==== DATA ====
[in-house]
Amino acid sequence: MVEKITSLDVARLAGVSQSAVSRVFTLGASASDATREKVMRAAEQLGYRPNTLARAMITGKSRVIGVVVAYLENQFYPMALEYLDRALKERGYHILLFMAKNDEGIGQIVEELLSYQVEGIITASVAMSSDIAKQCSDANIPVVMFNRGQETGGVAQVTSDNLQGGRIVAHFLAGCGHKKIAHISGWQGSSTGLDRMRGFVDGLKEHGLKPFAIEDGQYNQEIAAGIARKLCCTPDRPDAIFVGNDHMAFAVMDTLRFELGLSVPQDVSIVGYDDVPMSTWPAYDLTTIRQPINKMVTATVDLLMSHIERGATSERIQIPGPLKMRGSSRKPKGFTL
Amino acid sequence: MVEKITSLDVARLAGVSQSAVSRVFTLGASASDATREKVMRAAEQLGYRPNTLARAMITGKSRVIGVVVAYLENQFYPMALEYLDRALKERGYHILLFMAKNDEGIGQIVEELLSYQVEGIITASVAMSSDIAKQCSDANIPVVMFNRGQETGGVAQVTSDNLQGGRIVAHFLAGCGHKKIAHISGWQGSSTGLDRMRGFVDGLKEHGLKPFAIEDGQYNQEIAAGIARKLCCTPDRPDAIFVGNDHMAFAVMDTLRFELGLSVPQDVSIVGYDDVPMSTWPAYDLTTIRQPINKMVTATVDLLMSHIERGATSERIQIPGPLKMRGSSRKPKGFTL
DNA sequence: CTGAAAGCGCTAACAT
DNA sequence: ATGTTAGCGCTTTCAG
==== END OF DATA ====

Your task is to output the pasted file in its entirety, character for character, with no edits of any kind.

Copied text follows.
[in-house]
Amino acid sequence: MVEKITSLDVARLAGVSQSAVSRVFTLGASASDATREKVMRAAEQLGYRPNTLARAMITGKSRVIGVVVAYLENQFYPMALEYLDRALKERGYHILLFMAKNDEGIGQIVEELLSYQVEGIITASVAMSSDIAKQCSDANIPVVMFNRGQETGGVAQVTSDNLQGGRIVAHFLAGCGHKKIAHISGWQGSSTGLDRMRGFVDGLKEHGLKPFAIEDGQYNQEIAAGIARKLCCTPDRPDAIFVGNDHMAFAVMDTLRFELGLSVPQDVSIVGYDDVPMSTWPAYDLTTIRQPINKMVTATVDLLMSHIERGATSERIQIPGPLKMRGSSRKPKGFTL
Amino acid sequence: MVEKITSLDVARLAGVSQSAVSRVFTLGASASDATREKVMRAAEQLGYRPNTLARAMITGKSRVIGVVVAYLENQFYPMALEYLDRALKERGYHILLFMAKNDEGIGQIVEELLSYQVEGIITASVAMSSDIAKQCSDANIPVVMFNRGQETGGVAQVTSDNLQGGRIVAHFLAGCGHKKIAHISGWQGSSTGLDRMRGFVDGLKEHGLKPFAIEDGQYNQEIAAGIARKLCCTPDRPDAIFVGNDHMAFAVMDTLRFELGLSVPQDVSIVGYDDVPMSTWPAYDLTTIRQPINKMVTATVDLLMSHIERGATSERIQIPGPLKMRGSSRKPKGFTL
DNA sequence: CTGAAAGCGCTAACAT
DNA sequence: ATGTTAGCGCTTTCAG